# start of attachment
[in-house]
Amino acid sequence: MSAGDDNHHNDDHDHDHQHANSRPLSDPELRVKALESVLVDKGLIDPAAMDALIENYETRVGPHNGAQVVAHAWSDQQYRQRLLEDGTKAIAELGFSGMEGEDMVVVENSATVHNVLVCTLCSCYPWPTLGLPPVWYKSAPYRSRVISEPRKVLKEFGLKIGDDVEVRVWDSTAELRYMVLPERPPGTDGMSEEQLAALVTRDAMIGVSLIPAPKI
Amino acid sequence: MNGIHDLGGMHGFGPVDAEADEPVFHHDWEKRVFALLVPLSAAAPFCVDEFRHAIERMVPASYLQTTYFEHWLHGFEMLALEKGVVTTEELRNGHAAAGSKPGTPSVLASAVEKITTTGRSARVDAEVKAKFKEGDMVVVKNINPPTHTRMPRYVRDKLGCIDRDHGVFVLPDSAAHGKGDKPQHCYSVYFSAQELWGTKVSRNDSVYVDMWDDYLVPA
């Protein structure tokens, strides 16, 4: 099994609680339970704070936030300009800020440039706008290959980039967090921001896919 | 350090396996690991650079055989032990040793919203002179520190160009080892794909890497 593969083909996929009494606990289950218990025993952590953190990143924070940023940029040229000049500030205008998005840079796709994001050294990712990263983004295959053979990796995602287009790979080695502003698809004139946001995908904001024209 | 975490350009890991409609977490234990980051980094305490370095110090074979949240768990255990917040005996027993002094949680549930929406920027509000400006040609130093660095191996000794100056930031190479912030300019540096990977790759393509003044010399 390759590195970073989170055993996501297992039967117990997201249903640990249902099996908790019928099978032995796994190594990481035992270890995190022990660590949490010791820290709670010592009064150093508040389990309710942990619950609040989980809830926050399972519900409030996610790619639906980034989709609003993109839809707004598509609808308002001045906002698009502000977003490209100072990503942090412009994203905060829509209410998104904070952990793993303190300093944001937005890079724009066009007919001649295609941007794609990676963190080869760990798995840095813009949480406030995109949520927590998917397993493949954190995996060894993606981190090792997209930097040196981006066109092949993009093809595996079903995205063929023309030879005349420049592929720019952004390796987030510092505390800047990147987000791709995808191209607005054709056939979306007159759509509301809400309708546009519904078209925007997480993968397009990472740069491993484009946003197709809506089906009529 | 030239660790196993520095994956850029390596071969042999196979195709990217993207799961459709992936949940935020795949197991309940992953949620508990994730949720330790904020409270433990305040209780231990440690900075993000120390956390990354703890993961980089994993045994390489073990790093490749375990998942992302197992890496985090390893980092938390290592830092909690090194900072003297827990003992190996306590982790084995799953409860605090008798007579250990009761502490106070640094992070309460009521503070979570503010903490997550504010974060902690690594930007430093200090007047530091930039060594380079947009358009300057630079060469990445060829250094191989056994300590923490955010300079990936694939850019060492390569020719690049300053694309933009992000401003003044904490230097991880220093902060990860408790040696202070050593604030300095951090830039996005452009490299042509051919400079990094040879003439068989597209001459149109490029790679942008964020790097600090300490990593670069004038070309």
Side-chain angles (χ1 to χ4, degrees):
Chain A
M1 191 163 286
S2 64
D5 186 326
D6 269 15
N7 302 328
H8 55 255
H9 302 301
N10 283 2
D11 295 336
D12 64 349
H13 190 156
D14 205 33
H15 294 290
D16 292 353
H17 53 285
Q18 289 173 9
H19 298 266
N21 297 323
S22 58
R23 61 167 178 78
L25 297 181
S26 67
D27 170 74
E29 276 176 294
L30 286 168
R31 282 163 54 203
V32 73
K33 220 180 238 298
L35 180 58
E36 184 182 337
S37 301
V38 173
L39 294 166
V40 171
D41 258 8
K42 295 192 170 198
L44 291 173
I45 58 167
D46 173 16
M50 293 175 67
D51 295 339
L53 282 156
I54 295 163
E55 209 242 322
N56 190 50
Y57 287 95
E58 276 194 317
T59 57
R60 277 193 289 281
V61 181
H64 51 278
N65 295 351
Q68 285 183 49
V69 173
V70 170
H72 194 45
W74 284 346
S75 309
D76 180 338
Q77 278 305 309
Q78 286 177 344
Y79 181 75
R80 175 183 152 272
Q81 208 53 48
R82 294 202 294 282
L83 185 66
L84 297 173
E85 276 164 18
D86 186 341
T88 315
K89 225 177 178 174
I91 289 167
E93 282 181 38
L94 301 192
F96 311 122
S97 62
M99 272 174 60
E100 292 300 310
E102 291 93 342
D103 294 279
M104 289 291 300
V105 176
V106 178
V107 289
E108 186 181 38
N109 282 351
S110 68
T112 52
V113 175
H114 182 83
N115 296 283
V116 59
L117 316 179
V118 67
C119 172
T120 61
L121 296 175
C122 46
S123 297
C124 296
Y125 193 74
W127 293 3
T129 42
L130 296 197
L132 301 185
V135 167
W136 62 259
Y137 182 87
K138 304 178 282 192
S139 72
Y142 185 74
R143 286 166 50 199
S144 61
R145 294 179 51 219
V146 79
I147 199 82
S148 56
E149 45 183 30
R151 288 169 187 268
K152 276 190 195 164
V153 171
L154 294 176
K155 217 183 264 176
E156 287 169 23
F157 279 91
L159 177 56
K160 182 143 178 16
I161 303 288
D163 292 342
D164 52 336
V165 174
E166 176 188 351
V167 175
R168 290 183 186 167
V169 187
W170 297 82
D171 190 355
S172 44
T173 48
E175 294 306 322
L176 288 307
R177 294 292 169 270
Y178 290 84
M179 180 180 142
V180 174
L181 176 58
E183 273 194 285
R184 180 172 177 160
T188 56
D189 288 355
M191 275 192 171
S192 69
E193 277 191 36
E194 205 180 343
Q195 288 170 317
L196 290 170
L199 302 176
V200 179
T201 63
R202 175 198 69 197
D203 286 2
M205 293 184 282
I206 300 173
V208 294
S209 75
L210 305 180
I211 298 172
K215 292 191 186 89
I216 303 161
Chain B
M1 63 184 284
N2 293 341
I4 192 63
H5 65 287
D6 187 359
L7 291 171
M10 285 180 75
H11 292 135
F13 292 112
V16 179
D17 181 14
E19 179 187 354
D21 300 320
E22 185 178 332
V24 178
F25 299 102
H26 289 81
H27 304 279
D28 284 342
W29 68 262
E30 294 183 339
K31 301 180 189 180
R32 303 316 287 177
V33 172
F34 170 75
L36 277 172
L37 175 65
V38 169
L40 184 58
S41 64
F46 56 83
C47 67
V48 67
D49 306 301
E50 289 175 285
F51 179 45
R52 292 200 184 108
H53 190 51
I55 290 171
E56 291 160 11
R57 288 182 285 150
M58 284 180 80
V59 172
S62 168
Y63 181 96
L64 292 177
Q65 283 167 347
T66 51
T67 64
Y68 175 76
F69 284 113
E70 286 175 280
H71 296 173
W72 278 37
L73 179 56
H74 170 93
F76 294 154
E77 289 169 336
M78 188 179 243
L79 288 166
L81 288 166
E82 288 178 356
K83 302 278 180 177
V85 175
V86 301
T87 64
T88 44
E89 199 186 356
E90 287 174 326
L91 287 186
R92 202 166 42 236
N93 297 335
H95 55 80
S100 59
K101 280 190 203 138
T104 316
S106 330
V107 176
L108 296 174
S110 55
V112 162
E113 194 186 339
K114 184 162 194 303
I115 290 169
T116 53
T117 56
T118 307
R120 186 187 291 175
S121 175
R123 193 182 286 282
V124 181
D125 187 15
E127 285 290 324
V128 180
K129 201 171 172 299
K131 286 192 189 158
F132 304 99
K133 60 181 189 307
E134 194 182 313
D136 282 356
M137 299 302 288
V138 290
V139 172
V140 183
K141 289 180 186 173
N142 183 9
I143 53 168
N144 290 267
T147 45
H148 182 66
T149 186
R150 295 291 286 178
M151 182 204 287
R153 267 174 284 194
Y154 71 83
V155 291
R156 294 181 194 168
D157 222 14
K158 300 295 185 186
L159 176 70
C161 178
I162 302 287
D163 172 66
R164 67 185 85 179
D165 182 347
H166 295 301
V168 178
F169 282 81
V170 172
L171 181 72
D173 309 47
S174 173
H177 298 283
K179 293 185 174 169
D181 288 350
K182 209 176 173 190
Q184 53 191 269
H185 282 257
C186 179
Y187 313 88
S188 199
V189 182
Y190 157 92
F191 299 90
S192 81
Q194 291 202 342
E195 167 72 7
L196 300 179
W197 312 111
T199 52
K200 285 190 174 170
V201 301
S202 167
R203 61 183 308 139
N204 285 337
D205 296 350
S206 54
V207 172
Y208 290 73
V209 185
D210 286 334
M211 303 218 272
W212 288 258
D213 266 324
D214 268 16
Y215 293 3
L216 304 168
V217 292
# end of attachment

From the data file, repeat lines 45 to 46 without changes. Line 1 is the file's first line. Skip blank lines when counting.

D46 173 16
M50 293 175 67